However, the black identity based on black appearance has been a dominant element of the African-American community forever.  The Black is Beautiful Movement was a concerted effort to encourage African-Americans themselves to believe that black features are beautiful, to counter the previously negative messages from white-dominated society.  The Black is Beautiful Movement was at the heart of The Cotillion: or One Good Bull Is Half the Herd.  The Cotillion dealt a lot with the black appearance, with many characters focusing on the appearance of other characters. An example of how important one’s appearance was after Ben Ali dressed up and shaved for dinner with the protagonist Yoruba and her parents. He and Yoruba were walking back when Ben Ali was ignored by a friend of his, who says:

“It’s them skinny skimpy-ass clothes you got on,’ Blackbeard told him, oblivious to Yoruba’s laughter and the staring people. ‘You look like you turning white or something, you look absolutely decadent. I mean, look like you broke into Uncle Jake’s pawnshop or something. And man! What happened to your face? It looks like a naked pussycat,’ he added. ‘I mean, like you tryna pass or something?” (154).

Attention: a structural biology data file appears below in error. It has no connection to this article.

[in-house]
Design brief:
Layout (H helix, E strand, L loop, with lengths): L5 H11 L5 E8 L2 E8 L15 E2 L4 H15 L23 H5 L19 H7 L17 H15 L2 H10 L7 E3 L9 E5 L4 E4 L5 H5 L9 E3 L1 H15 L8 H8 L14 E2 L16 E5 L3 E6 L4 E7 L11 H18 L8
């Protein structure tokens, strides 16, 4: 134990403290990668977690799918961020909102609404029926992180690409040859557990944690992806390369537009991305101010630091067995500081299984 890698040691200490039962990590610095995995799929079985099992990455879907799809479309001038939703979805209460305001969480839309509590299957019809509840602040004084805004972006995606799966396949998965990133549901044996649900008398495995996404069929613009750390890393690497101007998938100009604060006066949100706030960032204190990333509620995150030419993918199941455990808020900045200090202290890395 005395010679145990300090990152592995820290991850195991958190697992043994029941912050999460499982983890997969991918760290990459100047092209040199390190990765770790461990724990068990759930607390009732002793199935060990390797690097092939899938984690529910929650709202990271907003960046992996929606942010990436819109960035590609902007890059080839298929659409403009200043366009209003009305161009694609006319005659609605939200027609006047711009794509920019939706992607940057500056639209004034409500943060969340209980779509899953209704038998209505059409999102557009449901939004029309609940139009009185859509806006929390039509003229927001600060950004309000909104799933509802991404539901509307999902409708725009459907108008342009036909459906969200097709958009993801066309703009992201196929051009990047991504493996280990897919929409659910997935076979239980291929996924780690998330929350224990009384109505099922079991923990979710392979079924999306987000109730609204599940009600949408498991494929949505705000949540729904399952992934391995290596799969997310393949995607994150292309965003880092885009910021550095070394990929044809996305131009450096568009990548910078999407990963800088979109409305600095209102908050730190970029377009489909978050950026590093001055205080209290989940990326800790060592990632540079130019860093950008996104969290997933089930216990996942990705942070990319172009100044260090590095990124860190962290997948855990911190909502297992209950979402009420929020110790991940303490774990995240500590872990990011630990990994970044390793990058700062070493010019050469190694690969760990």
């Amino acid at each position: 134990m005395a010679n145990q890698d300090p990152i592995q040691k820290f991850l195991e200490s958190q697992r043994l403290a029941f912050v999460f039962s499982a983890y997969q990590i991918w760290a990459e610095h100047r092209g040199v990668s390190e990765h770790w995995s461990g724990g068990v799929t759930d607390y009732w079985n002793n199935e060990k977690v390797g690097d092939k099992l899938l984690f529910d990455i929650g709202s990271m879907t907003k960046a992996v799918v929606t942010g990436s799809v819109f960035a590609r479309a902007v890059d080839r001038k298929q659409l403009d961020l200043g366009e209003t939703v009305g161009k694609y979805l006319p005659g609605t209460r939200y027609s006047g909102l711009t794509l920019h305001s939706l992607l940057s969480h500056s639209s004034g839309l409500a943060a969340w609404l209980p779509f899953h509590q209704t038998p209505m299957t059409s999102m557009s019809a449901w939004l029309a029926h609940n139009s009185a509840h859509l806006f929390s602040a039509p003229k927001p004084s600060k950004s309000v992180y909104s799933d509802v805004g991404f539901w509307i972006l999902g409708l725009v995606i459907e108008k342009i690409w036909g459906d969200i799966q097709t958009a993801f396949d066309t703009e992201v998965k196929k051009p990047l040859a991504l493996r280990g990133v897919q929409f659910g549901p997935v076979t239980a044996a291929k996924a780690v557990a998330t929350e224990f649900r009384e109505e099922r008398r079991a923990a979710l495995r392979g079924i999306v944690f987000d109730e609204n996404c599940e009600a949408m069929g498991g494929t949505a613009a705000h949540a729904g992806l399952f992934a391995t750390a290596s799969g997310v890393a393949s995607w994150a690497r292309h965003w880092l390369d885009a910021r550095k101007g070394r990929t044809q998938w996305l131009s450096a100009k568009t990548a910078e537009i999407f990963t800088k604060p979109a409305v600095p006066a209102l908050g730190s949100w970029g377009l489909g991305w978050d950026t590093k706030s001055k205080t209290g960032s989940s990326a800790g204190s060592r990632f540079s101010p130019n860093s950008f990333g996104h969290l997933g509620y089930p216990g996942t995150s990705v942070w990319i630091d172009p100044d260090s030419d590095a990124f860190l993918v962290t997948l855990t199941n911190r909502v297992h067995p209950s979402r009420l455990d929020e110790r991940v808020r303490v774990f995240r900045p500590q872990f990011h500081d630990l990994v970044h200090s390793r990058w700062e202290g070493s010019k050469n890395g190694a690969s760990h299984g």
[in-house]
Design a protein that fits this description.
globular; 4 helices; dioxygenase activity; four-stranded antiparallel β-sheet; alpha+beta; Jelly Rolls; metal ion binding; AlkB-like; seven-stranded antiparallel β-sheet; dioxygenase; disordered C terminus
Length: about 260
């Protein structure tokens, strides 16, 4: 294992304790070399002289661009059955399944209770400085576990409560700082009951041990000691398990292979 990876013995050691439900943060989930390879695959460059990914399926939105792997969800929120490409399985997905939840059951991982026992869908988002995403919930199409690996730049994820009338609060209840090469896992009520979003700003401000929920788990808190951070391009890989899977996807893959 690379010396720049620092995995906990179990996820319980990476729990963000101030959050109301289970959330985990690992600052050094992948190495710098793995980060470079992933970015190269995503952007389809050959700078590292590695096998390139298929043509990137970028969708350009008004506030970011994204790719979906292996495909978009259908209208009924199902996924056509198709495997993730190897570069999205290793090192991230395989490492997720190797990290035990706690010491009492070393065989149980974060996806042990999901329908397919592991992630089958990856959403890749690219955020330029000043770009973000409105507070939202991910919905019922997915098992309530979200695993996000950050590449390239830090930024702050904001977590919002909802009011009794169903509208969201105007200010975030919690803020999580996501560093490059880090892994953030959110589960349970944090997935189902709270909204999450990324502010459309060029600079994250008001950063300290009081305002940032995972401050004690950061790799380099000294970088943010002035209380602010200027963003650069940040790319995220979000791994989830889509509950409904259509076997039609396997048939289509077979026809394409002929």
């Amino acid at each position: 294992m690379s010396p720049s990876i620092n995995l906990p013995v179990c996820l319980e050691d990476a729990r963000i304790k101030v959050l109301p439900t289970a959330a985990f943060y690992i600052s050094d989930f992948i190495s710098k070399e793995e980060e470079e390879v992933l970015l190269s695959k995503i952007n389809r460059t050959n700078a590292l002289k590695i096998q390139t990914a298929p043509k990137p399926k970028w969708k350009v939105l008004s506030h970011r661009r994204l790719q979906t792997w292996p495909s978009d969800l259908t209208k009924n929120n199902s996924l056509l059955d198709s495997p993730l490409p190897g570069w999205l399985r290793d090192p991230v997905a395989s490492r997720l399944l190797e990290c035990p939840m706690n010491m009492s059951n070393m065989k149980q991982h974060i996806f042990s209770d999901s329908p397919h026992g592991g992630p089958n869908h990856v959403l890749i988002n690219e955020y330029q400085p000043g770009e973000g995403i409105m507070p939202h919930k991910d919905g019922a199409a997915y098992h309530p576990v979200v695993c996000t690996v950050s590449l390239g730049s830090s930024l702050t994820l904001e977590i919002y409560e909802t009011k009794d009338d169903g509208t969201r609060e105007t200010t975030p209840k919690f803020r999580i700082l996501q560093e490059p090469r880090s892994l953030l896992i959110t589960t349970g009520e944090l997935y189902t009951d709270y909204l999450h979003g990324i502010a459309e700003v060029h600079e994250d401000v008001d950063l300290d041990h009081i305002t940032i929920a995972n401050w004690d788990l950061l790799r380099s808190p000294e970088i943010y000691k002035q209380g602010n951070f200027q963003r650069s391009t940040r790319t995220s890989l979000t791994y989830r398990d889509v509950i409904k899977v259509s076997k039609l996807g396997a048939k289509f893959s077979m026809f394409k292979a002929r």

Later Ben Ali says to Yoruba, “It’s the beard bit,’ he said, ‘could just be another copout from our Negritude. If we believe we’re Black and beautiful why should we cover up all that beautiful Black skin?” (155.)


Rapper Snoop Lion in a pimp suit